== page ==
Well, we finally have finished what I’m satisfied with calling week two.
Yes, it took a while and it was spread out, but we had good reason! And we did some things that counted as “school” over the time period. Just not a full week.
As I’ve mentioned, our friend from England came for a visit. This meant we tracked her flight, talked about transportation, and she was even kind enough to take photos from the plane. (Terrifying!) While she was here, we played games, chatted, and continued to work on reading.
I’m already running into a problem trying to do Ambleside – too little hands-on work. Now, don’t get me wrong. I understand we haven’t gotten a real good start. But I also know my son, and when he puts the thought into actually asking for something different, I listen. He likes the stories. He prefers the geography and natural history over everything, plus he adores the Fifty Famous Stories Retold (Yesterday’s Classics). He likes studying British history.
I also added in A Child’s History of the World (Calvert School) 
, because I wanted him to have that background and I didn’t want to start that book in the middle in year 2. That is where the problem is coming in. He has requested more hands on. So we added in cave painting when we talked about the Stone Age. He wants to do more hands-on. He wants to mummify something, make a pyramid, dress like Greek, pretend to be a Roman.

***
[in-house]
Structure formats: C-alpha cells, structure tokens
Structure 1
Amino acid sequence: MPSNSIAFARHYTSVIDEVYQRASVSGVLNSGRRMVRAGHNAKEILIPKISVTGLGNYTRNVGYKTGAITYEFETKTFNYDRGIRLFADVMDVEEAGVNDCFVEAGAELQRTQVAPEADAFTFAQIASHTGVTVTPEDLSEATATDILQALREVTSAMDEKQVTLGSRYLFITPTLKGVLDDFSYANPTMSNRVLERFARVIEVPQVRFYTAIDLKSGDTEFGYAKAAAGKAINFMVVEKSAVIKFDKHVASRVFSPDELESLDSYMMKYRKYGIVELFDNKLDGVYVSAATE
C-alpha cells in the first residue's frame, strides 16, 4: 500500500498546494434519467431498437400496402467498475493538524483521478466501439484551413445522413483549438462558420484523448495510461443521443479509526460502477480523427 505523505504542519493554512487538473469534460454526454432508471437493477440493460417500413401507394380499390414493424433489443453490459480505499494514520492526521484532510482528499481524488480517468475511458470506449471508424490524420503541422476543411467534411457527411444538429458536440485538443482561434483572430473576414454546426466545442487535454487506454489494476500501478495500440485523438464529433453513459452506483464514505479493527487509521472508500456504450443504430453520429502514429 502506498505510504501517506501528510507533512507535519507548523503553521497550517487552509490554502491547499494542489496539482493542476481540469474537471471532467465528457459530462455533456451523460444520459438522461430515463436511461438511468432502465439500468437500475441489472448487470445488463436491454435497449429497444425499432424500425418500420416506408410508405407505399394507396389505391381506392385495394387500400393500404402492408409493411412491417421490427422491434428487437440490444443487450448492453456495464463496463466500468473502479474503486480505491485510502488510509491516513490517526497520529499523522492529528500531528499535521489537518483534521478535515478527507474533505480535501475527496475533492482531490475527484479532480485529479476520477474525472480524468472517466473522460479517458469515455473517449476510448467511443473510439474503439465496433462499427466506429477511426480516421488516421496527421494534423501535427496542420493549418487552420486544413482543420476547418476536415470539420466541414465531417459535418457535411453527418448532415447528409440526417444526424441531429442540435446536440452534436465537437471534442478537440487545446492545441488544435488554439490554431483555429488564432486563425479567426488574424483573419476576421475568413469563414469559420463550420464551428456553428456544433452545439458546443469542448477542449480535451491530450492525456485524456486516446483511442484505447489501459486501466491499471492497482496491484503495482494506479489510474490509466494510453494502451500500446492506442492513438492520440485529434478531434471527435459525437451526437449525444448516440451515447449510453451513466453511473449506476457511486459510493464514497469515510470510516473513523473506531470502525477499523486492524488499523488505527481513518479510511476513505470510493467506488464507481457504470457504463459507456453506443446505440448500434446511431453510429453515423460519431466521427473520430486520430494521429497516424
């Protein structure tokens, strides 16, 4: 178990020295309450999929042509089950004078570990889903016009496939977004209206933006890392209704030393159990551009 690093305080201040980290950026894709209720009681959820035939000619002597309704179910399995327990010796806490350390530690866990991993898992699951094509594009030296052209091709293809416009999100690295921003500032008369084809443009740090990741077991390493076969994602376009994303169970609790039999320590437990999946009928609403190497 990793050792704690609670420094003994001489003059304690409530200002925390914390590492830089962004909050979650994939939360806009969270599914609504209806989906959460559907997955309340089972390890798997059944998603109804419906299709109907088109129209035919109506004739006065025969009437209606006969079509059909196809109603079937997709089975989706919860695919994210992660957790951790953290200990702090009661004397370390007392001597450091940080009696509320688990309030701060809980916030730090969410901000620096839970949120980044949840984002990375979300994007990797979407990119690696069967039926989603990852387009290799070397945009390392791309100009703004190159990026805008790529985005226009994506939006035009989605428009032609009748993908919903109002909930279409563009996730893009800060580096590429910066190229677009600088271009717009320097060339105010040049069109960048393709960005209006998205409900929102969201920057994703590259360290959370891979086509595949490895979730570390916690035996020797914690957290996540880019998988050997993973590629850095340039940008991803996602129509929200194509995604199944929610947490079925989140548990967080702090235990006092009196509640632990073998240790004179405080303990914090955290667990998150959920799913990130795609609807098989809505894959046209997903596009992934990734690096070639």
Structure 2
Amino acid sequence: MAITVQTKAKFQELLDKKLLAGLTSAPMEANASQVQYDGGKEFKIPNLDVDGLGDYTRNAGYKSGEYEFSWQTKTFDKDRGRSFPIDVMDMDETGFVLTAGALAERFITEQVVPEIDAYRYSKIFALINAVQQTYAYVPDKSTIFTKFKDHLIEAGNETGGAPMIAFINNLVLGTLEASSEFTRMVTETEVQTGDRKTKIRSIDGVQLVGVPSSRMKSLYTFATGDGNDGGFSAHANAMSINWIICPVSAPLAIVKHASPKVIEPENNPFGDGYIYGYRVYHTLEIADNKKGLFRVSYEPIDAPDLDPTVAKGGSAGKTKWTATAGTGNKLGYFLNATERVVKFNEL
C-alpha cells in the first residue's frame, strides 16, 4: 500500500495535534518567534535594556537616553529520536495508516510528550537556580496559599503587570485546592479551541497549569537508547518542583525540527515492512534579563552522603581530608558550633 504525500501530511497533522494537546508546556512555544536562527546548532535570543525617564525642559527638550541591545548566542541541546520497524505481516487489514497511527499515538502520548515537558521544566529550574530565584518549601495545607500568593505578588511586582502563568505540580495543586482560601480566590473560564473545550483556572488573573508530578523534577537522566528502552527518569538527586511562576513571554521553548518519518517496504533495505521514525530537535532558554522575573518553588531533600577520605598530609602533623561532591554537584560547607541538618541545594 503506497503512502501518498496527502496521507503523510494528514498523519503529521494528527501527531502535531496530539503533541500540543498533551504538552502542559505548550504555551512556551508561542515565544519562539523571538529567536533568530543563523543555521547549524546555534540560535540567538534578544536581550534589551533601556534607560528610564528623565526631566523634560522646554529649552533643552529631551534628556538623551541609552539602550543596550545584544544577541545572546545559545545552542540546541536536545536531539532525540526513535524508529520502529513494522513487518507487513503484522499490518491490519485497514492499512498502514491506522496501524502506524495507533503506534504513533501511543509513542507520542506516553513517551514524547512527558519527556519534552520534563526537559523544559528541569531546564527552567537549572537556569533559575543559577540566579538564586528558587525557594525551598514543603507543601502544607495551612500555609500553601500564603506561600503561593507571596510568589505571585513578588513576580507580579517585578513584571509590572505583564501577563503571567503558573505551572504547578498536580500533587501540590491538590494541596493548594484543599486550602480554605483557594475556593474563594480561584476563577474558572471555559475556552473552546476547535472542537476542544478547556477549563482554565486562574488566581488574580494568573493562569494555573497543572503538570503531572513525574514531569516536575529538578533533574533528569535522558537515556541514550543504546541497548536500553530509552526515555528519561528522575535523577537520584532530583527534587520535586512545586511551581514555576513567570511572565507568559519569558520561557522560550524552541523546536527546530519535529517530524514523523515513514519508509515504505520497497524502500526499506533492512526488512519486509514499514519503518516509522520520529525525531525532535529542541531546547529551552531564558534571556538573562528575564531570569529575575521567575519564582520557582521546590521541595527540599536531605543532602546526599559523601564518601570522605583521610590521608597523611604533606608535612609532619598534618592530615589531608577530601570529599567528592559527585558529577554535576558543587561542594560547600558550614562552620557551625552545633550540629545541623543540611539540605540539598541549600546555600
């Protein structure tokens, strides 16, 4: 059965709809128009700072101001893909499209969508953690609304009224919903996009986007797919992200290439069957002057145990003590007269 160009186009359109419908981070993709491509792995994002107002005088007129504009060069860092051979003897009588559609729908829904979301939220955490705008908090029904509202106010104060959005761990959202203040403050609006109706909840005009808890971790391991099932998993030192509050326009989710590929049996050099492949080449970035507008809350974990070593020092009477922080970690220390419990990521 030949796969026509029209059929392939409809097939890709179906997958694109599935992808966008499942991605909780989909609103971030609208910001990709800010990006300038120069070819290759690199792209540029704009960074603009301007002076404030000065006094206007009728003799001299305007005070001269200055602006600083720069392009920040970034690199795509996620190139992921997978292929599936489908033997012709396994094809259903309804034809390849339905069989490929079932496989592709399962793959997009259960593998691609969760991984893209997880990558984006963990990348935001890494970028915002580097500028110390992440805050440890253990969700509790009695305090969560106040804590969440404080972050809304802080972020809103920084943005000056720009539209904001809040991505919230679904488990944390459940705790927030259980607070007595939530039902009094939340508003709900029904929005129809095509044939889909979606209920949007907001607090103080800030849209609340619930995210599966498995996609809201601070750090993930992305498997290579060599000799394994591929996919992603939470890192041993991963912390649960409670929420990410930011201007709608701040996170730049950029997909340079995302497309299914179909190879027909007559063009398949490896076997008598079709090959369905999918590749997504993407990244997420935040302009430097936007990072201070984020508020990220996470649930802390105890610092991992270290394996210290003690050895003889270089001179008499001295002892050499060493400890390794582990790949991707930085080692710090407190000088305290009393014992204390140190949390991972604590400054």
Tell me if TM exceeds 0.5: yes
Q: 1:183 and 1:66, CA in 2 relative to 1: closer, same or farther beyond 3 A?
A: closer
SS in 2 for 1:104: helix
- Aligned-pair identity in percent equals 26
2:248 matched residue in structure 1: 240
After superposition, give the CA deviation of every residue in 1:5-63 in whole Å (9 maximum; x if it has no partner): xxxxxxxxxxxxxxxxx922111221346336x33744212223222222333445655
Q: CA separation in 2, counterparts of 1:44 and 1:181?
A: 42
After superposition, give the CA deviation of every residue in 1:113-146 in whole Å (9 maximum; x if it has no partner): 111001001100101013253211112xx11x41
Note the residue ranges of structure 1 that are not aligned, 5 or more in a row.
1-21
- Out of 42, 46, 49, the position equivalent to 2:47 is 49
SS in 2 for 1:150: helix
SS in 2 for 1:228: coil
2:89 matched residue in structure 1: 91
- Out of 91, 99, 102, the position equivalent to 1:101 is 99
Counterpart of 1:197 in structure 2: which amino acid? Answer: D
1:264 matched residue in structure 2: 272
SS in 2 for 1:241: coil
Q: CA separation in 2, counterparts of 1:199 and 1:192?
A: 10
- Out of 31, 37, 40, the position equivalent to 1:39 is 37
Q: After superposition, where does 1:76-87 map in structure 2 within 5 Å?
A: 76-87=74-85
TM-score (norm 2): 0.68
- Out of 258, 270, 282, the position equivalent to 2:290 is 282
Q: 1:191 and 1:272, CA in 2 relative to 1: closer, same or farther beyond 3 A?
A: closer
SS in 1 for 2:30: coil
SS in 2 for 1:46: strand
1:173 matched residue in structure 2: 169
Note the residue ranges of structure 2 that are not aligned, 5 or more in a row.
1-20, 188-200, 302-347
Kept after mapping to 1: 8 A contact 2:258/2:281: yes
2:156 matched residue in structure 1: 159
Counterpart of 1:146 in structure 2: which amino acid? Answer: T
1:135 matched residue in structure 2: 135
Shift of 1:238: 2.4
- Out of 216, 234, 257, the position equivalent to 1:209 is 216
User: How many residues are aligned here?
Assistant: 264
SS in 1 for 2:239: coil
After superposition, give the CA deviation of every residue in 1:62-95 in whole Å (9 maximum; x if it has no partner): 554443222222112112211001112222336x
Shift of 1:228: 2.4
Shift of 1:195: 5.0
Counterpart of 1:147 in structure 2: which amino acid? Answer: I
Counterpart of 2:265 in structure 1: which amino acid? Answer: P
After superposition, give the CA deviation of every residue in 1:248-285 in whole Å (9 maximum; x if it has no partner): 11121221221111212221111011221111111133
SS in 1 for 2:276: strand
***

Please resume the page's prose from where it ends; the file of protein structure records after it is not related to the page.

On the one hand…we can keep doing what we’re doing and just add in a little here or there and let him play at being a Spartan or Roman after lessons are done. Just slide something in every so often.
But on the other hand – he wants to dig in and stay a while. Not move to other things so fast. And I get that. I love that he’s interested. This is how I have always done things with him really, outside of the 3Rs. Love spiders? That’s science, we’ll stay there a while. Like Peter Rabbit? We’ll stay there a while and use it to teach everything from counting to writing. So I guess I shouldn’t be surprised really.
I am well aware of his age, and yes, he’s the child and I’m the parent. But I also have always told him that certain things, like learning to read and write, are non-negotiable. He must learn to write, read, and do his math. Everything else we can talk about and work together to figure out how best to cover it. Just like we negotiate on breakfast or lunches, what he wears, and so on.
He might be seven, but he’s perfectly capable of letting me know what he wants and why.
My take on it was that hey, you like these books. We just really started and we haven’t fully given this a chance. You enjoy what we are doing. Why change so soon?
His reasoning? He wants lapbooks. He wants to make things, pretend, and be whoever we’re studying. He doesn’t want to read about a Spartan and move on. He wants to know who they were, why they were warriors, why were they so feared, what did they wear, and anything else he can find out. 50 Famous Stories Retold sparked his interest and now he wants to dig into it.